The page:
All Posts Tagged With: "university presidents"
Why Meric Gertler and Suzanne Fortier matter
Between them, the University of Toronto and McGill University have 100,000 students, $596 million in total accumulated funding from the Canada Foundation for Innovation, one Charles Taylor and a perhaps disproportionate amount of the spotlight on higher education in Canada’s two largest provinces. They also have two new presidents: Meric Gertler at UofT and Suzanne Fortier at McGill. Together the two changes are probably more significant than most federal cabinet shuffles.
(This blog post will be lousy with Laurentian Consensus nostalgia; sorry. Perhaps only for today though, the less said about the University of Calgary, the better.)
In hiring close to home, both universities can be taken to be demonstrating either quiet confidence in the maturity of Canadian academe, or a chastened realization that in a time of limited resources, even the biggest schools are wise to stick to their knitting. Both schools instituted global searches and wound up bypassing candidates from afar in favour of local produce. Gertler was Toronto’s dean of Arts and Science. Fortier is president of the National Science and Engineering Research Council — indeed her start as principal of McGill will be delayed so she can cool off from that job for six months before taking a position with a major NSERC grant recipient — but her BSc and PhD were from McGill.
Saskatchewan cuts millions while former execs get paid
There’s a bit of panic these days at the University of Saskatchewan. Secretaries who gave decades to the school are now boxing up their desks and students are worried about the quality of their programs as the university chops its way out of a budget deficit projected at $44.5-million by 2016.
In November five administrative staff from humanities and fine arts were fired. Then the university announced the closure of a remote campus,* leaving students in certain disciplines unsure whether they would graduate on schedule. Last week, 40 more job cuts were promised.
Adding insult to injury is that a couple of guys who helped run the university right before this crisis are receiving a combined $1.3-million from the budget after leaving, reports the StarPhoenix. And that doesn’t include pension contributions.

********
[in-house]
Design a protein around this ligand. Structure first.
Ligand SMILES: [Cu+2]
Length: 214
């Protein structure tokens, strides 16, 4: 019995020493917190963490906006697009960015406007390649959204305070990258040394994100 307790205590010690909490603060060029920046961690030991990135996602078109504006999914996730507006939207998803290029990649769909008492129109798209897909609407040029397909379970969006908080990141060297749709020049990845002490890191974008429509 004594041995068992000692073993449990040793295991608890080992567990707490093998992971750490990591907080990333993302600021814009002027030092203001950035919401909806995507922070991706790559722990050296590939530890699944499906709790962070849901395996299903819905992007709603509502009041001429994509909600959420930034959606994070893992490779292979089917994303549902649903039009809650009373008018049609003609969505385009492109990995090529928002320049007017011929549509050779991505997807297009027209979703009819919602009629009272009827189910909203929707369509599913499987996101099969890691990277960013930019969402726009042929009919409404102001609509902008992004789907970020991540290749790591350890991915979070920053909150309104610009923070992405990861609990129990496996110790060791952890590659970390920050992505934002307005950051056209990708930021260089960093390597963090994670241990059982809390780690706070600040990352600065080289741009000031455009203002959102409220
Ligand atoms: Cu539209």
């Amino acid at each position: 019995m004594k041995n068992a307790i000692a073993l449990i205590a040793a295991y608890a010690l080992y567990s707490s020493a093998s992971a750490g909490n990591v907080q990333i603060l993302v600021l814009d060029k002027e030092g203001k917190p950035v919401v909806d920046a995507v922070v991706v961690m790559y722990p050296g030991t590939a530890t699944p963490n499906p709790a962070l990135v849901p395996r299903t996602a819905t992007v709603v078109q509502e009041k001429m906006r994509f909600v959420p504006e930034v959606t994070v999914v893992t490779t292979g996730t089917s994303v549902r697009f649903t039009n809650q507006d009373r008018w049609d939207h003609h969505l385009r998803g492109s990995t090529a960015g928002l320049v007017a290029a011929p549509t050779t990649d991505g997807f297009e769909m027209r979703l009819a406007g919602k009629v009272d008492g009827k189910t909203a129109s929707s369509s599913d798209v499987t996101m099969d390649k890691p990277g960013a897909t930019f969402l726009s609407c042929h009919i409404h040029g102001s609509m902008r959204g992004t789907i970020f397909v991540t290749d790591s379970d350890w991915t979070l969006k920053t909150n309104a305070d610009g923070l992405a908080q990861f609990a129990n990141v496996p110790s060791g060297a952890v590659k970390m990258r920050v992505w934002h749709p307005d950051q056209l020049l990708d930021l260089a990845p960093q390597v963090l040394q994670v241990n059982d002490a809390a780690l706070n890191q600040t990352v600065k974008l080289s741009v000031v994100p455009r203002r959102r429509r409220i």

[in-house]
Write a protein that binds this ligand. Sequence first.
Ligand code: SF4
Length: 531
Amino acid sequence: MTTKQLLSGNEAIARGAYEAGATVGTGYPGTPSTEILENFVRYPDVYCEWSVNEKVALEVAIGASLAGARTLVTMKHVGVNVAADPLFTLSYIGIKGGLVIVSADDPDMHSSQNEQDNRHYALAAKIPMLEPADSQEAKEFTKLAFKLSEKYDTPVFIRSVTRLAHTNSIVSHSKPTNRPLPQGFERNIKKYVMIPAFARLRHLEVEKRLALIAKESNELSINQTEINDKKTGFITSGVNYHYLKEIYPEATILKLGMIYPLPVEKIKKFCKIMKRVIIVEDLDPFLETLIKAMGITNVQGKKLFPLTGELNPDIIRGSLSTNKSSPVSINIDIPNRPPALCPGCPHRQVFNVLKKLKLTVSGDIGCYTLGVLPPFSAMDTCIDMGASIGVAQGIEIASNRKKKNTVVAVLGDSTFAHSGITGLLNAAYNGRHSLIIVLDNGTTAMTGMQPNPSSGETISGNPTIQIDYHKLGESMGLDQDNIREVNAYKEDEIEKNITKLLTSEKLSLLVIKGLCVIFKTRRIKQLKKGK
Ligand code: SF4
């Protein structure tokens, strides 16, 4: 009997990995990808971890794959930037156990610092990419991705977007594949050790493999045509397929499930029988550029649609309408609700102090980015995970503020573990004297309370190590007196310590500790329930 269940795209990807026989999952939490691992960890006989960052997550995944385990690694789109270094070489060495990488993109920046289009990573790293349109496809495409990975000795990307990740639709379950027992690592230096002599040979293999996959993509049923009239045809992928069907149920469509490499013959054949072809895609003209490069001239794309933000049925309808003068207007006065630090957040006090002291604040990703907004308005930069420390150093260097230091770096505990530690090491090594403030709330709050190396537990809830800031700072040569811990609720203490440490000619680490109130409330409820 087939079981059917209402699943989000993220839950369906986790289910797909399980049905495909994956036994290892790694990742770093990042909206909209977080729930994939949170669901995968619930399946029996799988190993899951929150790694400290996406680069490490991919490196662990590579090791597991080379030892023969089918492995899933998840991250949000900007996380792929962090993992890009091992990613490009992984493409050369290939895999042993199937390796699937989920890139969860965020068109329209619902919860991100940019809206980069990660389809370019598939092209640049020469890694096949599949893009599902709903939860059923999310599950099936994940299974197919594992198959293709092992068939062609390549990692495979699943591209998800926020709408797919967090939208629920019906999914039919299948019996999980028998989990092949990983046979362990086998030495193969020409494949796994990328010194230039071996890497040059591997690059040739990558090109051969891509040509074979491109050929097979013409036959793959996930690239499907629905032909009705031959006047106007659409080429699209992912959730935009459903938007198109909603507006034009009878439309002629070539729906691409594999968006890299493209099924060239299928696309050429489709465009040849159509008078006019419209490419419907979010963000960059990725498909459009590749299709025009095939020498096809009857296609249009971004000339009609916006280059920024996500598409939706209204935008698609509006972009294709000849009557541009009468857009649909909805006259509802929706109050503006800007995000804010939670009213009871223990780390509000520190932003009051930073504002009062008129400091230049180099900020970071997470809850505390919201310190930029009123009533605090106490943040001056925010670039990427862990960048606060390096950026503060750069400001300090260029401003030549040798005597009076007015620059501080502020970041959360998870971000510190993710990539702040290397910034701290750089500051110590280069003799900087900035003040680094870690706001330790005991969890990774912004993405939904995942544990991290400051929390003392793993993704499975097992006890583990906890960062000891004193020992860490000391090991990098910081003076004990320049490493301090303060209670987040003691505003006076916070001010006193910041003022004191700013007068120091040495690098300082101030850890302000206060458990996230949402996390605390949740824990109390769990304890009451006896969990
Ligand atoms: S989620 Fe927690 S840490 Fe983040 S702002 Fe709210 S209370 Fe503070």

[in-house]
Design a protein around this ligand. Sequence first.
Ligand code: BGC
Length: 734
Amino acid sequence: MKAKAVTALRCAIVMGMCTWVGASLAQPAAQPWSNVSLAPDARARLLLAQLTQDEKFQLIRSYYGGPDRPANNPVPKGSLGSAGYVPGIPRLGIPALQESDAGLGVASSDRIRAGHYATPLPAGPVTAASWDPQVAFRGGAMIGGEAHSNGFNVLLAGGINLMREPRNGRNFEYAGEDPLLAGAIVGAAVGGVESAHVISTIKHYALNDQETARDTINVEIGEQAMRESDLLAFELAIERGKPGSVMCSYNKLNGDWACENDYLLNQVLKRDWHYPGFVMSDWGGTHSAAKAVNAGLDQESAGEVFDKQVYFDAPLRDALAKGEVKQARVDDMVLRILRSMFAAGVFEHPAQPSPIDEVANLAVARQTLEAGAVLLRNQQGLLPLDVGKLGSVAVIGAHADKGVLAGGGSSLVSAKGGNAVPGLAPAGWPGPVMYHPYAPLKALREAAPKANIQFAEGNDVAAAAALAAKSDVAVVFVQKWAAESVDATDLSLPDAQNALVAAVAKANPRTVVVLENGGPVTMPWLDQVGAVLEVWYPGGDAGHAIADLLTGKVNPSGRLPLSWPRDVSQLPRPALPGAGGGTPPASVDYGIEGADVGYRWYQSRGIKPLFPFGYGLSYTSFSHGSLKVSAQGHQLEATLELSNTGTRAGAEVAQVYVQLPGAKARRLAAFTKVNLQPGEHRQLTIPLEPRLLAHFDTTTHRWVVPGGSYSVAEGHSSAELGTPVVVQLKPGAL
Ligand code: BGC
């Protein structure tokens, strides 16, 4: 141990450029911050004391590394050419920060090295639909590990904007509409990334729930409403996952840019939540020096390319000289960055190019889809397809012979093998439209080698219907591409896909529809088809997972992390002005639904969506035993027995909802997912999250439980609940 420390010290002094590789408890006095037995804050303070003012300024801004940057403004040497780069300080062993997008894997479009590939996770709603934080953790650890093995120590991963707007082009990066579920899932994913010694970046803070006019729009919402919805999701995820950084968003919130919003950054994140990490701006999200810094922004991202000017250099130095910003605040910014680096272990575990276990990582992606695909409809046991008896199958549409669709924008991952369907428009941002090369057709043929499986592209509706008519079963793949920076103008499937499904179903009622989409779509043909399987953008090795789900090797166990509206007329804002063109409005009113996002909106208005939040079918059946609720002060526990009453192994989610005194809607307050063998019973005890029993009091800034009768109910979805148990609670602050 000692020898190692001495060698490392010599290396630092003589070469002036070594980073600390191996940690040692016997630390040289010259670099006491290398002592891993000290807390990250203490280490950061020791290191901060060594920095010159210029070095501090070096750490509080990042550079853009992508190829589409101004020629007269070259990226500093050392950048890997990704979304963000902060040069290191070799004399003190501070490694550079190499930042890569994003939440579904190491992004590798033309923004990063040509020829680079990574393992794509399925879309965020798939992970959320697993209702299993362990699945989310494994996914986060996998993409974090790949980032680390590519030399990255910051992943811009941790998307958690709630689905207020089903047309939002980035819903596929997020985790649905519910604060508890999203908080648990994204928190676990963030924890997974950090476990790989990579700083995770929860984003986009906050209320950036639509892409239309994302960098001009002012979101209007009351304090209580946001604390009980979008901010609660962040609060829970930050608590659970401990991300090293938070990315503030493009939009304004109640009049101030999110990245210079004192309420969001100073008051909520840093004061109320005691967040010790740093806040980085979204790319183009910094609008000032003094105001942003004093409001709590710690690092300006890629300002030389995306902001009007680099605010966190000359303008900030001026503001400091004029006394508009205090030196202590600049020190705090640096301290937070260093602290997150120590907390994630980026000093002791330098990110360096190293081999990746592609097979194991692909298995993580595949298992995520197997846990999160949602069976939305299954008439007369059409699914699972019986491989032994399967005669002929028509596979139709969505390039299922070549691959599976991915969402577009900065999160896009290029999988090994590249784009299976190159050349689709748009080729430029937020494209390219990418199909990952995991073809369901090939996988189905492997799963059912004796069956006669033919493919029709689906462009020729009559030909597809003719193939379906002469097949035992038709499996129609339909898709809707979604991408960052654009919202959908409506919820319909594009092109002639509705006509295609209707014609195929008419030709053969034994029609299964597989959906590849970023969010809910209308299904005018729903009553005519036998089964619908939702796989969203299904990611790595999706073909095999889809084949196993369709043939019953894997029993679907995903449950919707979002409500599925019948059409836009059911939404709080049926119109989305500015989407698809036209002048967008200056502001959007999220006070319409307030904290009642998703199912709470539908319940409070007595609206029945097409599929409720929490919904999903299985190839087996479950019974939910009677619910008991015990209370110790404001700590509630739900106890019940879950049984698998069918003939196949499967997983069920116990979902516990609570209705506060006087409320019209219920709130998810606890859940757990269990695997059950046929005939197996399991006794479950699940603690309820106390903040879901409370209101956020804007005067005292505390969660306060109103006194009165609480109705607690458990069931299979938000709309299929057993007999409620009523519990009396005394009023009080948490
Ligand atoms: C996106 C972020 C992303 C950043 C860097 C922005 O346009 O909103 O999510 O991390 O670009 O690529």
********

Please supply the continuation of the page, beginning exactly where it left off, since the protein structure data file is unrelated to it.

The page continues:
On Berkeley, and why elite schools should charge more
Robert Birgeneau, a physicist and former University of Toronto president, has led the University of California at Berkeley as chancellor since 2004. Last week he announced he’s stepping down at the end of the year. Birgeneau, who turned 70 this month, delayed retirement because of the budget crisis—what he calls “the most extreme disinvestment by the state in UC’s history,” brought on by cuts and economic troubles in California. He implemented tough cost-cutting measures, found new sources of money, and dealt with an uptick in activism.
Q: Undergrad fees at the UC system increased 32 per cent two years ago, pushing costs up three times what they were a decade earlier. Last year, tuition rose another eight per cent, then another 9.6 per cent. Meanwhile, reduced services meant wastebaskets around Berkeley overflowed with trash. It sounds like a rotten time to be chancellor. Why didn’t you just retire?
Guess who makes $256 per student
In September, Nova Scotia’s universities will be required for the first time ever to publish the salaries of all employees who earned $100,000+.
It turns out that will include all 12 of the province’s university presidents, reports CBC News. Combined, the presidents were paid nearly $2.6-million in base salaries to run 11 institutions (NSAC has two presidents).
The schools serve only about 35,000 students total, roughly the same number as the University of Alberta and 20,000 fewer than York University.
Tom Traves of Dalhousie is by far the highest paid at $393,000. That’s unsurprising considering that his institution has more than double the population of the next biggest Nova Scotia university with more than 15,000 full-time students.
How the traditional university is under attack from all sides
The epic battle waged between Gábor Lukács and the University of Manitoba, which ended last week, has shone an unflattering light onto the state of academic integrity at our universities.
Listening to most recent observers, one would think that our universities need to be completely “reinvented” because professors spend too much time either not teaching at all or at least not teaching practical job skills.
But the Lukács case shows what’s really wrong.
As universities become increasingly defined by their administrations—as opposed to their faculty—the traditional values of higher education come under assault from all sides: from management, from the public, and even from the associations that represent professors themselves.
It’s not the first time a president has praised a politician
A University of Saskatchewan professor says President Peter MacKinnon’s endorsement of a Saskatchewan Party minister is unprecedented and constitutes an “abuse of power.”
MacKinnon is quoted in a brochure saying: “Rob Norris is the finest minister responsible for post-secondary education that I have been privileged to work with in my (13) years as (president).”